The Costa Rica entrance fees increase not only applies to Costa Rica national park entrance fees but to other protected land area entrance fees too

The following is a list of Costa Rican attractions, destinations, and sites together with their corresponding entrance fees following the August 2014’s increase:


  • Tax (13%) will be charged on top of the below entrance fee rates. For this reason, some tour guides/companies may increase their organized tour costs more than the entrance fee rates listed below in order to account for the additional tax expense.


  • The protected land areas marked in bold below are the most popular sites visited by international travellers.


Listed in alphabetical order:

  • Agua Juan Castro Blanco National Park entrance fee: $10/person
  • Arenal Volcano National Park entrance fee: $15/person
  • Barbilla National Park entrance fee: $5/person
  • Barra Honda National Park entrance fee: $12/person
  • Braulio Carrillo National Park (Quebrada González and the Barva Volcano) entrance fee: $12/person
  • Cahuita National Park entrance fee: $5/person
  • Carara National Park entrance fee: $10/person
  • Chirripó National Park entrance fee: $18/person
  • Corcovado National Park entrance fee: $5/person
  • Diriá National Park entrance fee: $5/person
  • Guanacaste National Park entrance fee: $15/person
  • Irazú Volcano National Park entrance fee: $15/person
  • Isla Del Coco National Park entrance fee: $50/person
  • La Amistad National Park entrance fee: $10/person
  • La Cangreja National Park entrance fee: $10/person
  • Las Baulas National Park entrance fee: $12/person
  • Los Quetzales National Park entrance fee: $10/person
  • Manuel Antonio National Park entrance fee: $16/person
  • Marino Ballena National Park entrance fee: $12/person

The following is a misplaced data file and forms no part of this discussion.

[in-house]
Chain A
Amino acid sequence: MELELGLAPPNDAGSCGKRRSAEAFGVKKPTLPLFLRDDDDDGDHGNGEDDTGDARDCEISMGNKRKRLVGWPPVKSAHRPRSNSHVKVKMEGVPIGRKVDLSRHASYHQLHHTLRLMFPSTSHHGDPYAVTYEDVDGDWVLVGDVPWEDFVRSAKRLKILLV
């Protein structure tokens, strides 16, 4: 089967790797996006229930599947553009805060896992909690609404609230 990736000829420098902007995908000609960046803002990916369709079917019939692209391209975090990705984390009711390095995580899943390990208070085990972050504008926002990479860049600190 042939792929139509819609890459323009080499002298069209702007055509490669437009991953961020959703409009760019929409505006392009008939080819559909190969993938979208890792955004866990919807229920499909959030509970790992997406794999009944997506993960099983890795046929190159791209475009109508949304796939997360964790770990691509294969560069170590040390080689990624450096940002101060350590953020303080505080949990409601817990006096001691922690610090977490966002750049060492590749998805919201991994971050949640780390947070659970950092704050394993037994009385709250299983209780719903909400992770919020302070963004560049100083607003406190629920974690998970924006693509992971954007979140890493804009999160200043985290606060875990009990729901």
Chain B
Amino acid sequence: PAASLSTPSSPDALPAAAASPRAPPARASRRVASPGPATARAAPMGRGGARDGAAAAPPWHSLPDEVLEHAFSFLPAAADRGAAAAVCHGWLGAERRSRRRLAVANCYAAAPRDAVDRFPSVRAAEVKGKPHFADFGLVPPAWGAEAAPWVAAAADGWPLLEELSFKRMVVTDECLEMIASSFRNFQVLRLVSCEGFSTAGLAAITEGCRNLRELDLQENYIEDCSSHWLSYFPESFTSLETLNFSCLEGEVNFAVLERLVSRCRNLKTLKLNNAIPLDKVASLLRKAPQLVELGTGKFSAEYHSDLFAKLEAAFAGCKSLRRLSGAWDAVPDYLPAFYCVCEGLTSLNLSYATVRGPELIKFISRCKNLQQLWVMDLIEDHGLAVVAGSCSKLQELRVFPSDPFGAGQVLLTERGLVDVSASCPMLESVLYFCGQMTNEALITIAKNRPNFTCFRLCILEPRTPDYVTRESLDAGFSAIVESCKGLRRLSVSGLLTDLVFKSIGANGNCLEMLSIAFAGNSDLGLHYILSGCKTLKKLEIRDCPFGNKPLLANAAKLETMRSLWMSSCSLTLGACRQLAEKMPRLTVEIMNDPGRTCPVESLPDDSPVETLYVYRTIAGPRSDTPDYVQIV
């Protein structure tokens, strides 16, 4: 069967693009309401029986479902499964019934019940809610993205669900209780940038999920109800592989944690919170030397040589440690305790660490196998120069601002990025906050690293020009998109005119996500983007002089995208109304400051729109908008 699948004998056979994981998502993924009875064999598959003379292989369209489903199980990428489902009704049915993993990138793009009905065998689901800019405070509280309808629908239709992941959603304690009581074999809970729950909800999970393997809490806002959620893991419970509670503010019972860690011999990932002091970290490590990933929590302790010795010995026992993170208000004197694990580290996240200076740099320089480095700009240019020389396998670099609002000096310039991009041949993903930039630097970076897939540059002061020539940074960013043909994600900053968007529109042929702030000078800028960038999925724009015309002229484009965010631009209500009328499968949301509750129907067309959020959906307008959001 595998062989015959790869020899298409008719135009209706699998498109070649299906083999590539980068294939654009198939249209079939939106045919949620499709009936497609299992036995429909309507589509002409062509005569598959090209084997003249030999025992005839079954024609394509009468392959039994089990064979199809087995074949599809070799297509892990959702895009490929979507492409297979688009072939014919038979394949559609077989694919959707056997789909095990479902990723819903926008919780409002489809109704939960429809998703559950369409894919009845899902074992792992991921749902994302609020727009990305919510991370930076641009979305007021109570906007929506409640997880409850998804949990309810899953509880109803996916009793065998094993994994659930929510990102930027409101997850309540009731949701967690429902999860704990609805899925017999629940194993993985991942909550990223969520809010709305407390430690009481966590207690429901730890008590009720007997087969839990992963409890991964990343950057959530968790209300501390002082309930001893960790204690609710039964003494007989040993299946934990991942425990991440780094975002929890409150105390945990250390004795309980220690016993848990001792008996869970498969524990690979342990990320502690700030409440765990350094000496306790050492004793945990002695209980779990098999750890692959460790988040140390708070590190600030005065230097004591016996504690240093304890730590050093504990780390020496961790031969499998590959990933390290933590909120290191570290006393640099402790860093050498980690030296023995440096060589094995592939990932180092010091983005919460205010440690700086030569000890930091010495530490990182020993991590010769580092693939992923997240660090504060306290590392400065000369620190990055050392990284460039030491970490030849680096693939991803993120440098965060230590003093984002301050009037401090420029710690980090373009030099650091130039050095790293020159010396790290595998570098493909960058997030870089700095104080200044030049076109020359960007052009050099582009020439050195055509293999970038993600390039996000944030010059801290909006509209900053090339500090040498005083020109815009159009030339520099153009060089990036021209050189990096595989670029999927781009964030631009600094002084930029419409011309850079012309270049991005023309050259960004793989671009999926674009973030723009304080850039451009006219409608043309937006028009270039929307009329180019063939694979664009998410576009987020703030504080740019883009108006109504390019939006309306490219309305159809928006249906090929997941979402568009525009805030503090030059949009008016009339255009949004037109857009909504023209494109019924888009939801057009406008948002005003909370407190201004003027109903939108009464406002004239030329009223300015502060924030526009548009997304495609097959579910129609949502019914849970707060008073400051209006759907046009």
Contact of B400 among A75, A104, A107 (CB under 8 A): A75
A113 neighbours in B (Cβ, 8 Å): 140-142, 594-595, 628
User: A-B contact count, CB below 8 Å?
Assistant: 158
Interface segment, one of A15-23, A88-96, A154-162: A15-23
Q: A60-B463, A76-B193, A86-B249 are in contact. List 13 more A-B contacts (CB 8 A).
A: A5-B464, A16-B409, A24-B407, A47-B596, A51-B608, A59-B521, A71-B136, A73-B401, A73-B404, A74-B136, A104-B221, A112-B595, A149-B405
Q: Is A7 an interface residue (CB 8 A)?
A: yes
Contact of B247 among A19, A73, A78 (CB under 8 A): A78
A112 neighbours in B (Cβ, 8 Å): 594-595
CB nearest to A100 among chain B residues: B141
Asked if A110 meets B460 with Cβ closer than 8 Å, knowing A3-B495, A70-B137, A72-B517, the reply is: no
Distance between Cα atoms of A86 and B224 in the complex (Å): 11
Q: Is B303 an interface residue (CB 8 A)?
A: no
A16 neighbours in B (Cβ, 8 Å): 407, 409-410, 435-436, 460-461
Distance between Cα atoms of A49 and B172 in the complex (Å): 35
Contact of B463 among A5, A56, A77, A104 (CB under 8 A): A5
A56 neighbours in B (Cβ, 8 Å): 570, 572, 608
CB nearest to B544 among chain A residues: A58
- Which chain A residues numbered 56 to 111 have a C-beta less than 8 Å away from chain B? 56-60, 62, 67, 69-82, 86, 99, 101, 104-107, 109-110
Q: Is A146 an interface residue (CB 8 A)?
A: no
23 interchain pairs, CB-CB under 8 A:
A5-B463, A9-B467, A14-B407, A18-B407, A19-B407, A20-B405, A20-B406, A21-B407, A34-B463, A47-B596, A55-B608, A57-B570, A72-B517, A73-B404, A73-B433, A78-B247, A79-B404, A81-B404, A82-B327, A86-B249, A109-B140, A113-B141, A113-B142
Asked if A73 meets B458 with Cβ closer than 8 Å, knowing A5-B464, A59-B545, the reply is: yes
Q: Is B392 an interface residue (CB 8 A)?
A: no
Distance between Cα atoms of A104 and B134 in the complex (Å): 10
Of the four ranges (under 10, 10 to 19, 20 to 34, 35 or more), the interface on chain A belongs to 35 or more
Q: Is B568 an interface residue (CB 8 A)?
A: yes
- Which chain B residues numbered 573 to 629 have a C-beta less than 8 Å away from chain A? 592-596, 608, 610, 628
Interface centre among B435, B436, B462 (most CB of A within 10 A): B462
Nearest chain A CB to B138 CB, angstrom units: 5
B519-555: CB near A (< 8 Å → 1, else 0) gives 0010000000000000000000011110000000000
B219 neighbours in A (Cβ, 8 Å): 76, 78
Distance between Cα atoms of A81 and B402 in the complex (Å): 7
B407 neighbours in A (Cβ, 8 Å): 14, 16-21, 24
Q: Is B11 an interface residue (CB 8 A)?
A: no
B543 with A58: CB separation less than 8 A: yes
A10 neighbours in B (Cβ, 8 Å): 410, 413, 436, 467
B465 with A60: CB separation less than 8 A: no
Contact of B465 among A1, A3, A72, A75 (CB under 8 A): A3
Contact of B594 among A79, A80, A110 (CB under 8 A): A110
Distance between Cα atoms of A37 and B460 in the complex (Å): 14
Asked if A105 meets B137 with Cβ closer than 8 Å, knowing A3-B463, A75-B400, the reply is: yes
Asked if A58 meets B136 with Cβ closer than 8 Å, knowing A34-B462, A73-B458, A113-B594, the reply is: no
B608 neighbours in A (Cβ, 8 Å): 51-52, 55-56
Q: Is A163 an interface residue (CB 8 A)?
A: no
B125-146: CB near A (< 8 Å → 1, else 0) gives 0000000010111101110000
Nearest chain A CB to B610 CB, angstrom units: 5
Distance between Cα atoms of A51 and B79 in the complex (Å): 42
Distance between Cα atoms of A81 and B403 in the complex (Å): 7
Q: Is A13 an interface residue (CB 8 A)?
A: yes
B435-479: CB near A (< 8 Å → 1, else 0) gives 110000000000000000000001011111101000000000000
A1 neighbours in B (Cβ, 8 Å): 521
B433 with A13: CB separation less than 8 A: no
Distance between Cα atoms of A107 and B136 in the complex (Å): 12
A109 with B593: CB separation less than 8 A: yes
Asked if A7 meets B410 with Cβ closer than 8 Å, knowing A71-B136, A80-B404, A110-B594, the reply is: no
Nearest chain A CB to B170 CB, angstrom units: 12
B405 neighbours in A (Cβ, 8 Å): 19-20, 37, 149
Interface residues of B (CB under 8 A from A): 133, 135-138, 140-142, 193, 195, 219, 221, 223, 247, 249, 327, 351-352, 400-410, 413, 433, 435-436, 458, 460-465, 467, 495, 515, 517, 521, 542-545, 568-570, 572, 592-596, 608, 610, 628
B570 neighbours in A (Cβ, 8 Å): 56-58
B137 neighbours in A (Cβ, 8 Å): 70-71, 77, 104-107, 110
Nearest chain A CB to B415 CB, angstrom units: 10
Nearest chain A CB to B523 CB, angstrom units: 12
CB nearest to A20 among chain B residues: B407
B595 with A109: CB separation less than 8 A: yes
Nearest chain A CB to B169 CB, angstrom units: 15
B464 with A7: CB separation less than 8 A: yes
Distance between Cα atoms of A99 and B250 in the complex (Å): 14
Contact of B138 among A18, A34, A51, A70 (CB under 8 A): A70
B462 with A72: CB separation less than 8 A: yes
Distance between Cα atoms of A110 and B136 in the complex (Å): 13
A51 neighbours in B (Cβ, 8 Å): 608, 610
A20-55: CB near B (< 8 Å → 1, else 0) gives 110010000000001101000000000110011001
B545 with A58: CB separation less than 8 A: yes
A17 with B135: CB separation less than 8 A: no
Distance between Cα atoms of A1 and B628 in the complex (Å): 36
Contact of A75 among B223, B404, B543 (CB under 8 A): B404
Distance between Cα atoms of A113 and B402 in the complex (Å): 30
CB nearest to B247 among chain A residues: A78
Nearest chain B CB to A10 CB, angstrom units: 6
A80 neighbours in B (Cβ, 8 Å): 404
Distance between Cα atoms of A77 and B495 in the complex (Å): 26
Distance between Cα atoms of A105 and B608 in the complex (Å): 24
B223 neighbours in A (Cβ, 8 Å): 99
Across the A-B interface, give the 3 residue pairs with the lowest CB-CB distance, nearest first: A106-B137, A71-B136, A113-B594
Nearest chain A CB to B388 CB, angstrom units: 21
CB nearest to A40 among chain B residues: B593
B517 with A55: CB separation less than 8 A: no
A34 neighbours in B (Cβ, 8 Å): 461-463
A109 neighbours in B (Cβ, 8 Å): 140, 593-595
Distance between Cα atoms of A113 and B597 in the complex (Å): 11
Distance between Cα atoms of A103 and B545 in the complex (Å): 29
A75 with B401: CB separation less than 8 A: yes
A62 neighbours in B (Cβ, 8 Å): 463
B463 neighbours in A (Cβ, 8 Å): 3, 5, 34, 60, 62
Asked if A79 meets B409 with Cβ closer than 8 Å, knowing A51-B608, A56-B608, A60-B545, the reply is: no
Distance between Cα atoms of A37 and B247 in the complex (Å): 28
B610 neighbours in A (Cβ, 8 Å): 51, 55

• Palo Verde National Park entrance fee: $12/person
  • Piedras Blancas National Park entrance fee: $10/person
  • Poás Volcano National Park entrance fee: $15/person
  • Rincón de la Vieja Volcano National Park entrance fee: $15/person
  • Santa Rosa National Park entrance fee: $15/person
  • Tapantí National Park (Macizo de la Muerte) entrance fee: $10/person
  • Tenorio Volcano National Park entrance fee: $12/person
  • Tortuguero National Park (RVS Barra del Colorado) entrance fee: $15/person
  • Turrialba Volcano National Park entrance fee: $12/person


Listed in alphabetical order:

  • Cabo Blanco Reserve entrance fee: $12/person
  • Camaronal Wildlife Reserve entrance fee: $12/person
  • Caño Island Biological Reserve entrance fee: $15/person
  • Caño Negro Wildife Refuge entrance fee: $5/person
  • Cipancí Wildlife Refuge entrance fee: $5/person
  • Golfito Wildlife Refuge entrance fee: $10/person
  • Grecia Forest Reserve (Bosque del Niño) entrance fee: $5/person
  • Hitoy Cerere Biological Reserve entrance fee: $5/person
  • Iguanita Wildlife Refuge entrance fee: $5/person
  • Isla San Lucas Wildlife Refuge entrance fee: $12/person
  • Las Camelias Lagoon Wildlife Refuge entrance fee: $5/person
  • Maquenque Wildlife Refuge entrance fee: $5/person
  • Ostional Wildlife Reserve entrance fee: $12/person
  • Playa Hermosa Wildlife Refuge entrance fee: $10/person
  • Río Macho Forest Reserve (Villa Mills) entrance fee: $5/person


Listed in alphabetical order:

  • Cerro Tortuguero entrance fee: $2/person
  • Guayabo National Monument entrance fee: $5/person
  • Tivives Protected Zone entrance fee: $5/person

QUESTION TO COMMENT ON: Which protected land site in Costa Rica is your favourite? Why?

Pura vida!

If you’re more of a visual learner, take a moment to view our gallery photos below from a handful of our visits to Costa Rica’s many protected land areas.